Innovative Technology for Fresher, Better Food

1st April 2013

Consumers want fresh, safe and good-quality food. But how can producers consistently meet their demands? Researchers in Germany have developed a new system based on metal-oxide sensor technology that could check food quality and safety in a quick yet cost-effective and reliable way.

The researchers, from the Fraunhofer Institutes for Molecular Biology and Applied Ecology (IME) and for Physical Measurement Techniques (IPM), said their innovative system checks gasses being emitted from the food on-site, rather than in a laboratory. The system can do what lab tests can't: check quickly and cheaply. It measures volatile components to determine when fruits and vegetables are ripe, and when they're ready to go to the supermarket to be taken home for consumption.

Dr Mark Bücking, head of the Department of Environmental and Food Analysis at IME, explained that the system brings together several technologies. Metal-oxide sensors, perhaps best known for their use in cars (where they can close ventilation vents when the car drives through a tunnel, for example), are central to the design.

'Researchers at IPM have developed these sensors further,' said Dr Bücking. Before the gas reaches the sensors, he explained, it passes through a separation column where irrelevant substances are filtered out. 'If a gas flows over the sensor at temperatures of 300°C to 400°C, it will burn at the point of contact,' he added. 'The subsequent exchange of electrons changes the electrical conductivity.'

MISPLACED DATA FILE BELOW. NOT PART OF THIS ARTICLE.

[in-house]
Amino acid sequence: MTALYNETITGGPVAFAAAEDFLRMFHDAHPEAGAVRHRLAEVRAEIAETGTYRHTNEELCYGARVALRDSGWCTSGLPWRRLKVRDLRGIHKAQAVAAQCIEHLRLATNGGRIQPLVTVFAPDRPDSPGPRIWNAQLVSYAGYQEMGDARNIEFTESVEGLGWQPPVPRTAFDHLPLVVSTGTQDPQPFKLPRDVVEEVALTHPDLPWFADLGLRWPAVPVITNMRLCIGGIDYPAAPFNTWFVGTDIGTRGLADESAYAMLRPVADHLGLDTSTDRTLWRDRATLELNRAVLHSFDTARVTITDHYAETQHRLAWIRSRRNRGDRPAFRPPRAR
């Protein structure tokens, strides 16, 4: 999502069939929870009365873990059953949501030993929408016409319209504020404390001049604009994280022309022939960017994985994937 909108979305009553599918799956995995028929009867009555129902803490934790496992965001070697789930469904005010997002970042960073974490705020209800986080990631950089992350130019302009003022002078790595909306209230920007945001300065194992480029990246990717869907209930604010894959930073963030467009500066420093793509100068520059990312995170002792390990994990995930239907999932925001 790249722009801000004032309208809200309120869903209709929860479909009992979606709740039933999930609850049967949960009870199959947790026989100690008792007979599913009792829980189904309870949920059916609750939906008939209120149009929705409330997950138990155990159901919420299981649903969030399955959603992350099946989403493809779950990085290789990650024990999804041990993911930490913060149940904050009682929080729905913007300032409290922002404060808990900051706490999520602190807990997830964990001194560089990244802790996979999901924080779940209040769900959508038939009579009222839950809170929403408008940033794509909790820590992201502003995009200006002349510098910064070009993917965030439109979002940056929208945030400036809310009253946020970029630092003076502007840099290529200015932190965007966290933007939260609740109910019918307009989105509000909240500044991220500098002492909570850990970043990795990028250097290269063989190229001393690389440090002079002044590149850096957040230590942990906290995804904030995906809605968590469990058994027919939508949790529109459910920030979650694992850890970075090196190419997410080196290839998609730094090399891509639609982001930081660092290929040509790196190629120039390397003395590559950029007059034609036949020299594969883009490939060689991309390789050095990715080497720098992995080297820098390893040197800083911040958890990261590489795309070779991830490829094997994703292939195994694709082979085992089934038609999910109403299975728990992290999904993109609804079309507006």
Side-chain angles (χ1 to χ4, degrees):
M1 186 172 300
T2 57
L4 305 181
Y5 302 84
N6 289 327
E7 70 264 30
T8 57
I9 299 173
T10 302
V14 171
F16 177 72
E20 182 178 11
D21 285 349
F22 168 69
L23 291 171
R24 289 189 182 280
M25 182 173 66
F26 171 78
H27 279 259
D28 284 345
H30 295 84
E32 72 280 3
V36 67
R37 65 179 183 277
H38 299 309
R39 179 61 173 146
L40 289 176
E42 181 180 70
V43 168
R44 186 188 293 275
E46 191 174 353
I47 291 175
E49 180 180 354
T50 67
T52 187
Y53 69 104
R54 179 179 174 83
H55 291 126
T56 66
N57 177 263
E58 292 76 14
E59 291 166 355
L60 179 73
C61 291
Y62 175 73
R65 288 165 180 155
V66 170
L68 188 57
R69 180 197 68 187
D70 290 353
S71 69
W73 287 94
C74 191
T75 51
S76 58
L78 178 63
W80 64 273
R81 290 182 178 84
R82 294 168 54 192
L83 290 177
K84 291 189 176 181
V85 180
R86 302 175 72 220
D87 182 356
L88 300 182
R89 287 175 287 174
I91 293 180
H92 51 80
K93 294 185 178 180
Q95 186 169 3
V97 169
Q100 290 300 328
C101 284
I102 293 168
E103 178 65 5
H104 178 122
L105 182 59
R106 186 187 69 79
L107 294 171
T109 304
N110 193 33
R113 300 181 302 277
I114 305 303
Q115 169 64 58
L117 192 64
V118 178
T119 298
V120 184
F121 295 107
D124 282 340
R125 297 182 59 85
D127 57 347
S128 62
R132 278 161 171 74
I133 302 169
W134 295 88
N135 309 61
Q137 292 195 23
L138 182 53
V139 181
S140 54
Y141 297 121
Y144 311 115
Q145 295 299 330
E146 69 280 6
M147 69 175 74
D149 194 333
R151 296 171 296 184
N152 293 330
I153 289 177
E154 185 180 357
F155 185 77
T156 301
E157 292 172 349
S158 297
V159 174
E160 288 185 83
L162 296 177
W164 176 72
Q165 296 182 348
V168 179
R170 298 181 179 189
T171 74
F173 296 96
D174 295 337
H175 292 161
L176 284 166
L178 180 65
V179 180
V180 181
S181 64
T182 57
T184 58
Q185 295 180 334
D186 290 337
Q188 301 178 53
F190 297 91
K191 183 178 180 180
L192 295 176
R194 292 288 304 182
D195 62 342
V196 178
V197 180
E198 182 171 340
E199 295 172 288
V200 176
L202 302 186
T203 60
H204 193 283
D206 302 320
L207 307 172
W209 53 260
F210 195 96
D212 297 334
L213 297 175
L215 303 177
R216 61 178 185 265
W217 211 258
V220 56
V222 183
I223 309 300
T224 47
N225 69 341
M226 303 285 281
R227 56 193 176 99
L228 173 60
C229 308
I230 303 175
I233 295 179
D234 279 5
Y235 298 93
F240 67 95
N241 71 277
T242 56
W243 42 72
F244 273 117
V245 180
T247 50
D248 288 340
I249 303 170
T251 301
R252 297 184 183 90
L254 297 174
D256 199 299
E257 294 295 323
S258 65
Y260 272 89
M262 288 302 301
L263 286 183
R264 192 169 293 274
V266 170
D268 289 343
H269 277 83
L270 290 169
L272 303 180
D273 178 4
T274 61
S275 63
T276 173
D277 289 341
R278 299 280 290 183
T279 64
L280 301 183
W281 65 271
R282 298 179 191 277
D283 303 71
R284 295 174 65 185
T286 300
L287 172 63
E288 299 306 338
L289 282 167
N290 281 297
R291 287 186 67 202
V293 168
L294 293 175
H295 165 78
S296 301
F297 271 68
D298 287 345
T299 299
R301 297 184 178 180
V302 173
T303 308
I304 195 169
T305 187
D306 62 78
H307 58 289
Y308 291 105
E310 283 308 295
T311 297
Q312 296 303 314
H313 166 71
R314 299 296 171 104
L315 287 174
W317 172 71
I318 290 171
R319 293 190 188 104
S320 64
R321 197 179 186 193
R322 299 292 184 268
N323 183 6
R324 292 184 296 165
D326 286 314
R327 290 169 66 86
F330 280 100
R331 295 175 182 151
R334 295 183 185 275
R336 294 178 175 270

A prototype of the analysis equipment has been developed, and initial tests were promising. Dr Bücking speculates that the price tag for this equipment could reach the four-digit Euro mark. The cost may well be worthwhile for major suppliers: while the more versatile system's sensitivity was found to be comparable to that of conventional equipment currently used in food laboratories, it would function at a much faster pace, effectively burning fewer holes in pockets. Also, the researchers are seeking to optimise the system and adapt it to specific problems.

In another development, the team is looking into whether the equipment could also be used to test pigs before they reach sexual maturity - in effect before odorous substances materialise.

Despite the fact that most pigs are slaughtered before sexual maturity (before most pigs start producing seriously odorous substances), there is a chance that some boars could produce odorous substances prematurely. Because of this, all boars are castrated during their piglet years. This latest system could be a way out of castration for piglets: the operation may not be needed if the pork is routinely tested before it's packaged and sent to market.

According to the researchers, hormones and certain odorous substances produced by male pigs play a major role in reproduction. But what female pigs find attractive doesn't (necessarily) hold true for humans.






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